During my journey in dentistry, one of the phrases I’ve heard ad nauseum refers to work-life balance — this mystical and mythical concept of being able to juggle it all. Much is asked of us in this profession. We are expected to be business owners, practice leaders, team players, role models, and that’s before you add in the personal life component and all that goes along with it. It can seem overwhelming — and it is.
I have accidentally overcommitted myself to meetings and Zooms and speaking engagements where I’ve realized almost too late that I had to be in multiple places at the same time. Aside from the stress of unwinding my schedule, the feeling of guilt over not being able to split up myself, and my time, started to really wear on me. I got to the point where it became apparent that I had been running my life this way (and running on fumes) for the better part of a decade, often to the detriment of my own sanity, health and stability.
It was time to make a change. That change was hard; it took time and a hefty dose of introspection. What was I really looking for? What was my purpose? Were my actions helping me to fulfill my goals and hopes and dreams? This reorganization of priorities led to a serious reduction of stress, headache and heartache and an increase in my overall mental and physical well-being. Realizing that I didn’t have to do everything for everyone all the time and learning to lead my team better at work were the two biggest wins for me.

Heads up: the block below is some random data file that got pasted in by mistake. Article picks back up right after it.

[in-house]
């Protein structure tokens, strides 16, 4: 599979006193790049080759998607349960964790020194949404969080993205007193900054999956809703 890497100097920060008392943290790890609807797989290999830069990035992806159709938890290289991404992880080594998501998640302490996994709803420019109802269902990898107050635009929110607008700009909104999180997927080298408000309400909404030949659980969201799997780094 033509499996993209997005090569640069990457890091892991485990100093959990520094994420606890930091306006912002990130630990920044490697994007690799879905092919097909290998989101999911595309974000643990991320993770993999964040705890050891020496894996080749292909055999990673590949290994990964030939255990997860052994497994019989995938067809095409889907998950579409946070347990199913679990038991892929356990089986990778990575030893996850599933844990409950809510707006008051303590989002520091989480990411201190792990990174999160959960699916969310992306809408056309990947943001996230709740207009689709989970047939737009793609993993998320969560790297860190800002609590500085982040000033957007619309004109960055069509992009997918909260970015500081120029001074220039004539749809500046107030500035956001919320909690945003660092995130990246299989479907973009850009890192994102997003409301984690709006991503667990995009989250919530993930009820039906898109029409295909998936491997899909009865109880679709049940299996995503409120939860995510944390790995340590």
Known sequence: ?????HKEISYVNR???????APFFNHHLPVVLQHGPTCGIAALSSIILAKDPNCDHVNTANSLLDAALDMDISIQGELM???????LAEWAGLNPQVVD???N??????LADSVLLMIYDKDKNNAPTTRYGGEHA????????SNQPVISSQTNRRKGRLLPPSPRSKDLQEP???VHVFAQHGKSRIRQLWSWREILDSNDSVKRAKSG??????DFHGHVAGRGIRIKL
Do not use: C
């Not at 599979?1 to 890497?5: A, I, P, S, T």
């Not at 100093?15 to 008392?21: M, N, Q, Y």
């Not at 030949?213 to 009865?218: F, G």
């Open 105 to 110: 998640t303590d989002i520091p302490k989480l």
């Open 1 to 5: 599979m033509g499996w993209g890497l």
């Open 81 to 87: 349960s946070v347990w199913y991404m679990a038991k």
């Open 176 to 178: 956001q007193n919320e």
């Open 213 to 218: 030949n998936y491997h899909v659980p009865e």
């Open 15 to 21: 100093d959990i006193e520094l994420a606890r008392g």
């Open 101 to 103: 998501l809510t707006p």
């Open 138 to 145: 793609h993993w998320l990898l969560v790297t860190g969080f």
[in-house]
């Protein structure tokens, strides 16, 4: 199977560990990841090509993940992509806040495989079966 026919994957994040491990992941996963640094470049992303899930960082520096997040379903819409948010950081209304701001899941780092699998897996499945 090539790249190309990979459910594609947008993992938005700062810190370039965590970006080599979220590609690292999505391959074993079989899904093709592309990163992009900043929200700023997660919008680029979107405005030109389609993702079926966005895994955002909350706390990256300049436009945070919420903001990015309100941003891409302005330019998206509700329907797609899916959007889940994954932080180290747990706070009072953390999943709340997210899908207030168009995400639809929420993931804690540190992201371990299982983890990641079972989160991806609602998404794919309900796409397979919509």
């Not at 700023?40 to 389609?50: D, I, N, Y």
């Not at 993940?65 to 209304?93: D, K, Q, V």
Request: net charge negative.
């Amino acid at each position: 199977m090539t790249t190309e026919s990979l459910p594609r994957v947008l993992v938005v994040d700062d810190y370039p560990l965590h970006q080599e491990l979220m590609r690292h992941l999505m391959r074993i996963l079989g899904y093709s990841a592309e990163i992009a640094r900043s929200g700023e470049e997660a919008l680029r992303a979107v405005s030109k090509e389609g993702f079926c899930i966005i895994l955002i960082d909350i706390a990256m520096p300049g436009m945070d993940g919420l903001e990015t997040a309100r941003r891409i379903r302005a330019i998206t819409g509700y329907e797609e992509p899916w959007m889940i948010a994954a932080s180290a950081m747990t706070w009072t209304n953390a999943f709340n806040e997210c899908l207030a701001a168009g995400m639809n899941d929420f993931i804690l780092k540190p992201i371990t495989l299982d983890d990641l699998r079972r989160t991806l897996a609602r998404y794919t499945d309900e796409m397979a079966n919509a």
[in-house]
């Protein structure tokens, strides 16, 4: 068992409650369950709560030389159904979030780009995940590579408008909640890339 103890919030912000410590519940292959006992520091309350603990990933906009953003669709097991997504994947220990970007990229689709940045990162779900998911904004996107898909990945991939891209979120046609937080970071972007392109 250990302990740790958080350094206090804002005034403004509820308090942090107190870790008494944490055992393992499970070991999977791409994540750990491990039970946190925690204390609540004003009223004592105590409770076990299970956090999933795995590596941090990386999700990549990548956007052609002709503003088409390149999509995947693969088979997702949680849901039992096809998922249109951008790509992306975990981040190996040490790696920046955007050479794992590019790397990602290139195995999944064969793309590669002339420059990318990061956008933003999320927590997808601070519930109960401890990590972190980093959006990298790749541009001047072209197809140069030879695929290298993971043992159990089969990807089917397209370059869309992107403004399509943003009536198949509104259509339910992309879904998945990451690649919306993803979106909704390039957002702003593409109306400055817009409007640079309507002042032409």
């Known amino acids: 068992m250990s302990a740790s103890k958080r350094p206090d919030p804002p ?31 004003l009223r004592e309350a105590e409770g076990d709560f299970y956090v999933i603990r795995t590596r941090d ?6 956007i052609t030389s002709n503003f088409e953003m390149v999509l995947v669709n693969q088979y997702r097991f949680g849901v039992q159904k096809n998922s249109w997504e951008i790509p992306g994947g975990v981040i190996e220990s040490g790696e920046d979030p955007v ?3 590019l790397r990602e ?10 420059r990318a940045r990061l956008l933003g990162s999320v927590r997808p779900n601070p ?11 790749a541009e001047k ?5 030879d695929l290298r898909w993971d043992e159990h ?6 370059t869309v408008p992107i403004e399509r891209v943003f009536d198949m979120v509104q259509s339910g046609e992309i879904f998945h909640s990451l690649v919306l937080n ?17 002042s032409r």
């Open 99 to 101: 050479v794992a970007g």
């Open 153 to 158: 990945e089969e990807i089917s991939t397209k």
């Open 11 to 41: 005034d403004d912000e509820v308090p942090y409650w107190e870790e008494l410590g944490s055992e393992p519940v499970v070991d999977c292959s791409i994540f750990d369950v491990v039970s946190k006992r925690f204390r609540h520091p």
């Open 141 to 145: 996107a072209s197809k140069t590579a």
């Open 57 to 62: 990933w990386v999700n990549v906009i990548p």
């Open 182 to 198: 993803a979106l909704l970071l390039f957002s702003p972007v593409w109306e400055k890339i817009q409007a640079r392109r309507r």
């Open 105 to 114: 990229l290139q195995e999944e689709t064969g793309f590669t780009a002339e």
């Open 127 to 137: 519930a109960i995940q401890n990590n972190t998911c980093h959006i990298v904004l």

But I get it. We’ve all been stuck behind a computer screen for the better part of the last 36 months, watching social media, analyzing what everyone else around us is doing and sometimes unfairly judging ourselves based on what we see. If you were to look at my Facebook and Instagram pages, a life that seemed glossy and happy was actually one that was bringing me no peace. The travel, the awards, the fun, even the private moments I didn’t share with the world, none of these made me happy anymore. Striving towards homeostasis was only depleting my emotional reserves as fast as I could build them up.
Part of the introspection I forced myself through taught me that there is sometimes peace to be found in chaos when you realize that it’s not forever. Dentistry can be incredibly isolating, but with a village around you (friends, family, hobbies, pets, therapy — whatever), we have the capacity to be incredible providers, caregivers, leaders and contributors to society. Make sure to stay authentic to your own self on your journey and find your peace.